Saturday, June 30, 2018

Saturday, June 23, 2018


I've been spending a lot of time doing drywall work lately. The only skills I have in this area, I learned from volunteer work with St. Bernard Project and Habitat for Humanity. It's a man's world, especially at the hardware store--snide comments, the assumption that the little lady doesn't know what she's doing, elaborate explanations of simple concepts--with the exception of Dunn Lumber, where a very nice woman helped me buy a bucket of joint compound and discussed mesh versus paper tape, without any implication that my vagina might hold me back.
That said, once I have all my supplies and tools ready to go (including this gem), I truly enjoy the work. Measuring, cutting, fitting, sanding, drilling, taping, mudding and eventually priming and painting.
You get sweaty and dirty.
Maybe a blister or two.
You can see your progress.
You curse your mistakes and then figure out how to fix them.
You give yourself one-on-one motivational speeches.
You finish, legs and back aching, take a step back, and see how far you've come.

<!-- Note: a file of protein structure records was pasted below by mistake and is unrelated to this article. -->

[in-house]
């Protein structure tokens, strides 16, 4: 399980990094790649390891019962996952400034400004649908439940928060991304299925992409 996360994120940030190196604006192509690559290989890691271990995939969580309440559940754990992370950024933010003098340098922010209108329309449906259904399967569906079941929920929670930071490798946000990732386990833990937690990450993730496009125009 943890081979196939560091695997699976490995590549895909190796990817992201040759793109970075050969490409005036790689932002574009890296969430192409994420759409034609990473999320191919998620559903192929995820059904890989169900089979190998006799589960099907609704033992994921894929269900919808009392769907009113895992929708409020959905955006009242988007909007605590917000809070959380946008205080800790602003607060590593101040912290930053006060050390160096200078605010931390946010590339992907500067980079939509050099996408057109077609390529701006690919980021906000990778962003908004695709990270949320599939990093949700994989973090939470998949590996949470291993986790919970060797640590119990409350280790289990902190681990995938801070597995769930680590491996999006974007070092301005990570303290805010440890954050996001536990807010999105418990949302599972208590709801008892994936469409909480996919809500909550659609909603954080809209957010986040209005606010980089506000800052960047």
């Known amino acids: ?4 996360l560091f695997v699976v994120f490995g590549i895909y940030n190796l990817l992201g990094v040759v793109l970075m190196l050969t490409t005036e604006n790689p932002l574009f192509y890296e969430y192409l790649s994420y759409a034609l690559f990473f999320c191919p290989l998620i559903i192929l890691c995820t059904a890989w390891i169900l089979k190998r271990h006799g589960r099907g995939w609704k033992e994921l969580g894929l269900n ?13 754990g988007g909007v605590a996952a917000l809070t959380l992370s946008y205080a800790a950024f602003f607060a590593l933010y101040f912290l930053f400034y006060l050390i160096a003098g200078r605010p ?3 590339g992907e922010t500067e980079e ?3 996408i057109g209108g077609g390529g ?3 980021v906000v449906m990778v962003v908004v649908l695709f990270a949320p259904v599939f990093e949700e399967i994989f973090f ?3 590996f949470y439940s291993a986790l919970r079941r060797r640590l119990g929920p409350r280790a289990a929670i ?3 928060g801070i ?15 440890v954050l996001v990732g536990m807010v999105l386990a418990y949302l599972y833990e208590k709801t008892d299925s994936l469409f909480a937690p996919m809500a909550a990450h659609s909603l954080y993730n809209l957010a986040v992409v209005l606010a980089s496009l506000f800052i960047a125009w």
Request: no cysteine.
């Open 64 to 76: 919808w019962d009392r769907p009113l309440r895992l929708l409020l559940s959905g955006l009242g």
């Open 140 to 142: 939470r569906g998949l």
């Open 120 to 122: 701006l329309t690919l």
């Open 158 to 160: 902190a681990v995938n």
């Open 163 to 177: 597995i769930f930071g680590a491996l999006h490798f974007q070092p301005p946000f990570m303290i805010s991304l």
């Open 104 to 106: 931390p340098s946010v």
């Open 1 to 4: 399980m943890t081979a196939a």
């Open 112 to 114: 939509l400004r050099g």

Saturday, June 16, 2018

my inheritance

Thanks in part to my shrink I have been thinking about what my parents passed along to me.
In addition to the keen intellect and sparkling personality.
Last night I dreamt that I was packing for a trip and doing the whole dream-anxiety thing of running around a house with a dozen rooms, trying to find things, getting frustrated, and then my parents handed me a huge slithery stack of junk mail, scraps, old pictures, letters--a slippery mess that I couldn't fit into my bag and that I had no use for.
The old subconscious is working overtime while I zzzzzz.

Monday, June 11, 2018

the joy before the Krach

New video alert!
I have a few things to say about "Blood Beneath the Skin," a biography by Andrew Wilson, about the wildly talented Alexander McQueen.
With a few comments about how fashion gave me life.

Saturday, June 9, 2018

with all the devastating reports

We have lost luminaries these past few days.
Kate Spade.
Anthony Bourdain.
After the shock, the (predictable) post-mortems begin to roll in.
The statistics about middle-aged white folk and suicide.
The posting and re-posting of hotline numbers to call.
The admonishments. 
I find none of it convincing and most of it ghoulish and/or pointless.
Again and again I go back to William Styron's powerful 1989 essay in Vanity Fair about his own nearly-fatal descent into despair.
Rest in Peace, KS and AB.

bsp videos don't sleep on 'em